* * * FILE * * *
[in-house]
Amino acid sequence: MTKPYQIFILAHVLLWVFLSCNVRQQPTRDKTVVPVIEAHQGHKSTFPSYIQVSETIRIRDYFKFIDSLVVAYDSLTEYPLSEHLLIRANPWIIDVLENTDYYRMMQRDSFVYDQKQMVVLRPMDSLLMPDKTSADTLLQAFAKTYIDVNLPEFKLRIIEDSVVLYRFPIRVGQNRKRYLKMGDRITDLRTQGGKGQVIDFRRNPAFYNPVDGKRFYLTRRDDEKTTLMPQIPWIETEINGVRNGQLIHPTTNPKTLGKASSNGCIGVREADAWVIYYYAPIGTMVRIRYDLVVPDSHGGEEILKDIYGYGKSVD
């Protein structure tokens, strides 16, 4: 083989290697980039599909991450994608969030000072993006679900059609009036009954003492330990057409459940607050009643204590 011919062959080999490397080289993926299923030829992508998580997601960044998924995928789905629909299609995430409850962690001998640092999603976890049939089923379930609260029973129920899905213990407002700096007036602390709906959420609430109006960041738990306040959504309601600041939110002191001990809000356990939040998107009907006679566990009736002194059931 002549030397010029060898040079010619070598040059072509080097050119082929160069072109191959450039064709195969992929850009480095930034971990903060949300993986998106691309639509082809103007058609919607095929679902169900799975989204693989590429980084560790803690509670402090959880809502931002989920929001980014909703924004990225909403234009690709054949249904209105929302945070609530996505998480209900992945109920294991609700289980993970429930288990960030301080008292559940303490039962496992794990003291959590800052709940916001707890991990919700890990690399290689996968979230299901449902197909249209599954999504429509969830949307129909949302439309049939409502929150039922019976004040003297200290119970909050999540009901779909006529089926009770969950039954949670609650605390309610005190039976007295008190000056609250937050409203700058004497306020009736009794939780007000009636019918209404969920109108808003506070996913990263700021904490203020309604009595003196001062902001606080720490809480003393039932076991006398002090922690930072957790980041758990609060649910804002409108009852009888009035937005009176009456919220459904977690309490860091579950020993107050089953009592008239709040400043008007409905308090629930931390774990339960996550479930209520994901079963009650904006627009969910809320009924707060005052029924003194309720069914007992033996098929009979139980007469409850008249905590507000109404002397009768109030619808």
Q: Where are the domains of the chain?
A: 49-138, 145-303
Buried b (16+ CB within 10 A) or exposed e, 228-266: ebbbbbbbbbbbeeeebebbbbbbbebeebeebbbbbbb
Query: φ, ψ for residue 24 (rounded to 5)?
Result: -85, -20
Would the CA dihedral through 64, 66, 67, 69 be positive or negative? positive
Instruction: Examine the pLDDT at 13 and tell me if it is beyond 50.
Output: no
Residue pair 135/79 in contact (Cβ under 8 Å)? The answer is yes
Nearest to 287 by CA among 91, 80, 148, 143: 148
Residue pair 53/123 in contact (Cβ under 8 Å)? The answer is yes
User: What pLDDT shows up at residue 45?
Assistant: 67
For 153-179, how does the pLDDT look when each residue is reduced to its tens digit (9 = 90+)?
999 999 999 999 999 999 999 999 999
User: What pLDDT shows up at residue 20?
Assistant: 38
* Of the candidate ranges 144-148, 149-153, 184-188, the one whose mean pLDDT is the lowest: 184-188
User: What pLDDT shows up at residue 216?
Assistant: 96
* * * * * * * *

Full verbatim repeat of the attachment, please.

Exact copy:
[in-house]
Amino acid sequence: MTKPYQIFILAHVLLWVFLSCNVRQQPTRDKTVVPVIEAHQGHKSTFPSYIQVSETIRIRDYFKFIDSLVVAYDSLTEYPLSEHLLIRANPWIIDVLENTDYYRMMQRDSFVYDQKQMVVLRPMDSLLMPDKTSADTLLQAFAKTYIDVNLPEFKLRIIEDSVVLYRFPIRVGQNRKRYLKMGDRITDLRTQGGKGQVIDFRRNPAFYNPVDGKRFYLTRRDDEKTTLMPQIPWIETEINGVRNGQLIHPTTNPKTLGKASSNGCIGVREADAWVIYYYAPIGTMVRIRYDLVVPDSHGGEEILKDIYGYGKSVD
């Protein structure tokens, strides 16, 4: 083989290697980039599909991450994608969030000072993006679900059609009036009954003492330990057409459940607050009643204590 011919062959080999490397080289993926299923030829992508998580997601960044998924995928789905629909299609995430409850962690001998640092999603976890049939089923379930609260029973129920899905213990407002700096007036602390709906959420609430109006960041738990306040959504309601600041939110002191001990809000356990939040998107009907006679566990009736002194059931 002549030397010029060898040079010619070598040059072509080097050119082929160069072109191959450039064709195969992929850009480095930034971990903060949300993986998106691309639509082809103007058609919607095929679902169900799975989204693989590429980084560790803690509670402090959880809502931002989920929001980014909703924004990225909403234009690709054949249904209105929302945070609530996505998480209900992945109920294991609700289980993970429930288990960030301080008292559940303490039962496992794990003291959590800052709940916001707890991990919700890990690399290689996968979230299901449902197909249209599954999504429509969830949307129909949302439309049939409502929150039922019976004040003297200290119970909050999540009901779909006529089926009770969950039954949670609650605390309610005190039976007295008190000056609250937050409203700058004497306020009736009794939780007000009636019918209404969920109108808003506070996913990263700021904490203020309604009595003196001062902001606080720490809480003393039932076991006398002090922690930072957790980041758990609060649910804002409108009852009888009035937005009176009456919220459904977690309490860091579950020993107050089953009592008239709040400043008007409905308090629930931390774990339960996550479930209520994901079963009650904006627009969910809320009924707060005052029924003194309720069914007992033996098929009979139980007469409850008249905590507000109404002397009768109030619808």
Q: Where are the domains of the chain?
A: 49-138, 145-303
Buried b (16+ CB within 10 A) or exposed e, 228-266: ebbbbbbbbbbbeeeebebbbbbbbebeebeebbbbbbb
Query: φ, ψ for residue 24 (rounded to 5)?
Result: -85, -20
Would the CA dihedral through 64, 66, 67, 69 be positive or negative? positive
Instruction: Examine the pLDDT at 13 and tell me if it is beyond 50.
Output: no
Residue pair 135/79 in contact (Cβ under 8 Å)? The answer is yes
Nearest to 287 by CA among 91, 80, 148, 143: 148
Residue pair 53/123 in contact (Cβ under 8 Å)? The answer is yes
User: What pLDDT shows up at residue 45?
Assistant: 67
For 153-179, how does the pLDDT look when each residue is reduced to its tens digit (9 = 90+)?
999 999 999 999 999 999 999 999 999
User: What pLDDT shows up at residue 20?
Assistant: 38
* Of the candidate ranges 144-148, 149-153, 184-188, the one whose mean pLDDT is the lowest: 184-188
User: What pLDDT shows up at residue 216?
Assistant: 96